WaveShapeConversion: The Land as Reverent in the Dance Culture by Sharon McIver

Massive - Summer Soulstice




Massive - Summer Soulstice


Sharon McIver has been involved in the Christchurch and New Zealand music culture and industry for many years. In 2008 she finished her thesis titled “WaveShapeConversion: The Land as Reverent in the Dance Culture”. She has graciously allowed us to upload this for you to view. A small part of this thesis can be read here:

“This thesis is the result of more than ten years involvement with outdoor dance events in Aotearoa, with a specific focus on Te Wai Pounamu (South Island) and Otautahi (Christchurch). Two symbiotic themes are explored here – that of the significance of the landscape in inspiring a conversion to tribal-based spirituality at the events, and the role of the music in ‘painting’ a picture of Aotearoa in sound, with an emphasis on those musicians heard in the outdoor dance zones. With no major publications or studies specific to Aotearoa to reference, a framework based on global post-rave culture has been included in each chapter so that similarities and differences to Aotearoa dance culture may be established. Using theoretical frameworks that include Hakim Bey’s TAZ (Temporary Autonomous Zone), the carnivalesque, and tribalism, the overriding theme to emerge is that of utopia, a concept that in Aotearoa is also central to the P?keh? mythology that often stands in for a hidden violent colonial history, of which te Tiriti o Waitangi (the Treaty of Waitangi) has been a source of division since it was signed in 1840. Thus, in the Introduction several well-known local songs have been discussed in relation to both the Pakeha mythology and the history of te Tiriti in order to contextualise the discussion of the importance of Maori and Pakeha integration in the dance zones in the following chapters.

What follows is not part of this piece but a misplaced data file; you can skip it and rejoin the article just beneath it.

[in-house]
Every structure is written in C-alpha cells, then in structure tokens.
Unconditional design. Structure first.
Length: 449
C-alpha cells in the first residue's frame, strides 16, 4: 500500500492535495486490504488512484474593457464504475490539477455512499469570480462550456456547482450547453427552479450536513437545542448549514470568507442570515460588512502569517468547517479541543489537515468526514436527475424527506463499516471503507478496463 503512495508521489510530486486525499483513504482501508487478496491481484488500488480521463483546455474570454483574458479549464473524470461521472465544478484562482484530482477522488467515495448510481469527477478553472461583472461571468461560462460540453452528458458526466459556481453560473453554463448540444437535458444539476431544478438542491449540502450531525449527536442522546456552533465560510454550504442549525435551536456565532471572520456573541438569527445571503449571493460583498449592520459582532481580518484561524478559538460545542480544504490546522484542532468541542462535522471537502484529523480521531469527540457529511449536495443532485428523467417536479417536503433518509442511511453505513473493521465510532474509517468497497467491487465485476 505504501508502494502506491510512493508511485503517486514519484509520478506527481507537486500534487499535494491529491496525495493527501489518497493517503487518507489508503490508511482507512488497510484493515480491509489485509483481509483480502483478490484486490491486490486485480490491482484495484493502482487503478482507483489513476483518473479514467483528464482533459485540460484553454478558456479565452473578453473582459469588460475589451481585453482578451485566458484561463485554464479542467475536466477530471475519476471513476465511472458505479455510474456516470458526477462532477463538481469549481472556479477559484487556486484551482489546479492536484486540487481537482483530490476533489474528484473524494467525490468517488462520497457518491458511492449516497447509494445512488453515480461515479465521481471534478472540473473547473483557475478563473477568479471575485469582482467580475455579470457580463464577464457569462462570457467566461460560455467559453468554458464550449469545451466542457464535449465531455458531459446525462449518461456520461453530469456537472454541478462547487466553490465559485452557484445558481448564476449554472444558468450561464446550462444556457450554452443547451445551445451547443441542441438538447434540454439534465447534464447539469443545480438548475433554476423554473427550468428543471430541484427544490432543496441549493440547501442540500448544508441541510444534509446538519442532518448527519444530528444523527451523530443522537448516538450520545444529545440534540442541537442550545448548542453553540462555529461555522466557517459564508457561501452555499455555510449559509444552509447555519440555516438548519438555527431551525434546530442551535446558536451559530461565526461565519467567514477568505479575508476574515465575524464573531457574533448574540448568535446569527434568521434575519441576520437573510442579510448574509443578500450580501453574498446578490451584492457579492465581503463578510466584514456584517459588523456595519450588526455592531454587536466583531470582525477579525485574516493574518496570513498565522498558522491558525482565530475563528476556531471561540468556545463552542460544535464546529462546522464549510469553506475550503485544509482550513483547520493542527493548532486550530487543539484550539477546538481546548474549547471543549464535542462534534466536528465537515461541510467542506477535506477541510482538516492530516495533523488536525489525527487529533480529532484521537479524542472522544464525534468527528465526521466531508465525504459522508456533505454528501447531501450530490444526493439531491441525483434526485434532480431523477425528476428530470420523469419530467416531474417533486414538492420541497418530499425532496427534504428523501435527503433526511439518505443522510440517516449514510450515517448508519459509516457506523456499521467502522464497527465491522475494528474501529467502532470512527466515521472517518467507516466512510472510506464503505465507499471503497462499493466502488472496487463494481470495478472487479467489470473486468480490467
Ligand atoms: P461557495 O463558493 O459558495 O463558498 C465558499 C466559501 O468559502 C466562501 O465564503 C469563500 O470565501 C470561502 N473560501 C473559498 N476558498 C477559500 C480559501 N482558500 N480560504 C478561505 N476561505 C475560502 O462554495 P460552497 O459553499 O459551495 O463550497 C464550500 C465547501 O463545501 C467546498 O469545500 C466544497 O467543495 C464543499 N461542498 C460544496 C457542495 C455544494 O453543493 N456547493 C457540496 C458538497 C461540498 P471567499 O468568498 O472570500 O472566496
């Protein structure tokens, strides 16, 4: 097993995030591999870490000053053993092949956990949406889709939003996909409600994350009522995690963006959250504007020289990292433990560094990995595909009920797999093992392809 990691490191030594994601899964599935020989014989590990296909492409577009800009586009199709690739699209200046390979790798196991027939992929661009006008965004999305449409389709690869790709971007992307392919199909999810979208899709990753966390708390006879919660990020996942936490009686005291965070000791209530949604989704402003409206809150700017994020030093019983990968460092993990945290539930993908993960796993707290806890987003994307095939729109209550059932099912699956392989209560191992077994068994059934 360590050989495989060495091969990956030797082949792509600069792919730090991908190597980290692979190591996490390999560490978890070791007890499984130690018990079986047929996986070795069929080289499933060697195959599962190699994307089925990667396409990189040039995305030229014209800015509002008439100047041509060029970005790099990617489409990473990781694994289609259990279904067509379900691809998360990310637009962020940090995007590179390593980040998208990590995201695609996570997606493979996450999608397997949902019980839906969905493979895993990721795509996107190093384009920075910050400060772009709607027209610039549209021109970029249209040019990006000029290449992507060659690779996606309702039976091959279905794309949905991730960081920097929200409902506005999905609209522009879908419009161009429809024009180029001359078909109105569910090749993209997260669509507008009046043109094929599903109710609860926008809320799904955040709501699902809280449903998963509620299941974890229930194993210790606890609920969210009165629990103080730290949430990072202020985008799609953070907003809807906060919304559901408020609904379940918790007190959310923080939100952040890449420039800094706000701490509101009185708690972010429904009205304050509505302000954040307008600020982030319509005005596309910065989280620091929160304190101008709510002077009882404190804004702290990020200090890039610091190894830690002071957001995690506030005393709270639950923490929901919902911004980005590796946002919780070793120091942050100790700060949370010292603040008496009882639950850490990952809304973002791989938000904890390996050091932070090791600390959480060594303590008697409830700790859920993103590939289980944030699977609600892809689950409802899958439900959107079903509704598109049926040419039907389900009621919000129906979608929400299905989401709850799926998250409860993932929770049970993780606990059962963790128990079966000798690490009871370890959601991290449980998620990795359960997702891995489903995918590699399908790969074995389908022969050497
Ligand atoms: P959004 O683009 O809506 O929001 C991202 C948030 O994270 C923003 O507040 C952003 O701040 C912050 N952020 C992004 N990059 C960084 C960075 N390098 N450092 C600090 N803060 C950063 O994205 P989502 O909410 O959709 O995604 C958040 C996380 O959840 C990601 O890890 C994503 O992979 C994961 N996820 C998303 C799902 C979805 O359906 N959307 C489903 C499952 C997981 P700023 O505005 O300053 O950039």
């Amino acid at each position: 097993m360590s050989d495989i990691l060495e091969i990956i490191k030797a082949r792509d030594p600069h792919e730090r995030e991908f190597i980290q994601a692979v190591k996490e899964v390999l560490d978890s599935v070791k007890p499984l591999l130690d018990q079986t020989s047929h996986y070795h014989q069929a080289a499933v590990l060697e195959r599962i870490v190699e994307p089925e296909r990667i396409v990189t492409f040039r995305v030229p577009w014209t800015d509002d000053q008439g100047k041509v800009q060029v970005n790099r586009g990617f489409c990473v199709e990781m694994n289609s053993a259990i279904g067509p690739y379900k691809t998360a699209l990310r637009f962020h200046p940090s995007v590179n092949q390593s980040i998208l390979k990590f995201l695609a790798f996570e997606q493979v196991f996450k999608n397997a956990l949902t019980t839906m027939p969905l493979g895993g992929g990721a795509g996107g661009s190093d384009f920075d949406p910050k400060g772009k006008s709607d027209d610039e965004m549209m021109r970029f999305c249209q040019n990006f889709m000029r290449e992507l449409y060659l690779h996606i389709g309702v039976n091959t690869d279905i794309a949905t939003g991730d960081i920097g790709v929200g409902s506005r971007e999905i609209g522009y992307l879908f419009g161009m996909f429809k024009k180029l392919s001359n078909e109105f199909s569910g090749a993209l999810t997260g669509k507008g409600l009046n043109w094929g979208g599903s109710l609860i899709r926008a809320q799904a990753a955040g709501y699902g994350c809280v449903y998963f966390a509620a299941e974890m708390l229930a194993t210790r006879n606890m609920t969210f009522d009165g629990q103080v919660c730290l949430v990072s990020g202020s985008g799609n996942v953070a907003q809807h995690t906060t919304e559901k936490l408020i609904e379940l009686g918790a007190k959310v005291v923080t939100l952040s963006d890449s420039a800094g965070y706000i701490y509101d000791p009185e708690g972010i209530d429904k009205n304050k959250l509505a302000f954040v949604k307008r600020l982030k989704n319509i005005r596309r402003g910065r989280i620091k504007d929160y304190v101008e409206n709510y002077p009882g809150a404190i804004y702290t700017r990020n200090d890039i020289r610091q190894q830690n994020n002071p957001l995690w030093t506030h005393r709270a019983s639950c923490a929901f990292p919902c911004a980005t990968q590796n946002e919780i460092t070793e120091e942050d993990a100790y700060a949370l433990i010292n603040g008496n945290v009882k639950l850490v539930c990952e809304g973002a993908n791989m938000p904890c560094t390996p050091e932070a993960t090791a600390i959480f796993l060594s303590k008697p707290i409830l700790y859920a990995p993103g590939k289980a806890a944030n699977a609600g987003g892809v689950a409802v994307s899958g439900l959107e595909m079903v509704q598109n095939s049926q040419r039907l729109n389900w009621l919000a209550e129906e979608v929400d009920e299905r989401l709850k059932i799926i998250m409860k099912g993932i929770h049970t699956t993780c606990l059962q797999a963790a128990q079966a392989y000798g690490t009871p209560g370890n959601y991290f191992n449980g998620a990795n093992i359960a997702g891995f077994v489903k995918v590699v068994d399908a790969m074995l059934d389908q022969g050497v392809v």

The thesis comprises of two main themes: the events and the music. At the events I took a participatory-observer approach that included working as rubbish crew, which provided a wealth of information about the waste created by the organisers and vendors, and the packaging brought in by the dancers. Thus the utopian visions that were felt on the dancefloor are balanced with descriptions of the dystopian reality that when the dancers and volunteers go home, becomes the responsibility of a strong core of ‘afterparty’ crew.

Musically, the development of a local electronic sound that is influenced by the environmental soundscape, along with the emergence of a live roots reggae scene that promotes both positivity and politica engagement, has aided spiritual conversion in the dance zones. Whereas electronic acts and DJ’s were the norm at the Gathering a decade ago, in 2008 the stages at dance events are a mixture of electronic and live acts, along with DJ’s, and most of the performers are local. Influenced by a strong reggae movement in Aotearoa, along with Jamaican/UK dance styles such as dub and drum and bass, local ‘roots’ musicians are weaving a new philosophy that is based on ancient tribal practices, environmentalism and the aroha (love) principles of outdoor dance culture. The sound of the landscape is in the music, whilst the vocals outline new utopian visions for Aotearoa that acknowledge the many cultures that make up this land. Thus, in Aotearoa dance music lies the kernel of hope that Aotearoa dance culture may yet evolve to fulfil its potential.”

The complete thesis can be downloaded as a pdf from here: WaveShapeConversion (right click then “save as” to save it to your computer)